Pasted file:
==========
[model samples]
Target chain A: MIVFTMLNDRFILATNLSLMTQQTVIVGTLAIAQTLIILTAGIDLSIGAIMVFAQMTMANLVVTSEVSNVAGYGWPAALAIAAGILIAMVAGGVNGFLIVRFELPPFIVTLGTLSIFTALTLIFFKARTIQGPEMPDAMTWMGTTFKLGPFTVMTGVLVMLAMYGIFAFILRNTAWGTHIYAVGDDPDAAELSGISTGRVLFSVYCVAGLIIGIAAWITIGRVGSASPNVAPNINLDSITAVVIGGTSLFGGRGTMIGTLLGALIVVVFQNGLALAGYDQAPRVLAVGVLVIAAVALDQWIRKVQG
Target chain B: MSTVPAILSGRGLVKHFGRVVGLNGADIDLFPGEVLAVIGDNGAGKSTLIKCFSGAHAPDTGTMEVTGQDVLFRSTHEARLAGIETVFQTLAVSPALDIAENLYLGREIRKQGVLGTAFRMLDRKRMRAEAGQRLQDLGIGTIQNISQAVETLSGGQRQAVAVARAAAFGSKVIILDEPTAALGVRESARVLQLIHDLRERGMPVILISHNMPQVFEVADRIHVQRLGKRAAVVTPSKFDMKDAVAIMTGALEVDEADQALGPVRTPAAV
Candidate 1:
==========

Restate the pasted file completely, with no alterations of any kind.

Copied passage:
[model samples]
Target chain A: MIVFTMLNDRFILATNLSLMTQQTVIVGTLAIAQTLIILTAGIDLSIGAIMVFAQMTMANLVVTSEVSNVAGYGWPAALAIAAGILIAMVAGGVNGFLIVRFELPPFIVTLGTLSIFTALTLIFFKARTIQGPEMPDAMTWMGTTFKLGPFTVMTGVLVMLAMYGIFAFILRNTAWGTHIYAVGDDPDAAELSGISTGRVLFSVYCVAGLIIGIAAWITIGRVGSASPNVAPNINLDSITAVVIGGTSLFGGRGTMIGTLLGALIVVVFQNGLALAGYDQAPRVLAVGVLVIAAVALDQWIRKVQG
Target chain B: MSTVPAILSGRGLVKHFGRVVGLNGADIDLFPGEVLAVIGDNGAGKSTLIKCFSGAHAPDTGTMEVTGQDVLFRSTHEARLAGIETVFQTLAVSPALDIAENLYLGREIRKQGVLGTAFRMLDRKRMRAEAGQRLQDLGIGTIQNISQAVETLSGGQRQAVAVARAAAFGSKVIILDEPTAALGVRESARVLQLIHDLRERGMPVILISHNMPQVFEVADRIHVQRLGKRAAVVTPSKFDMKDAVAIMTGALEVDEADQALGPVRTPAAV
Candidate 1: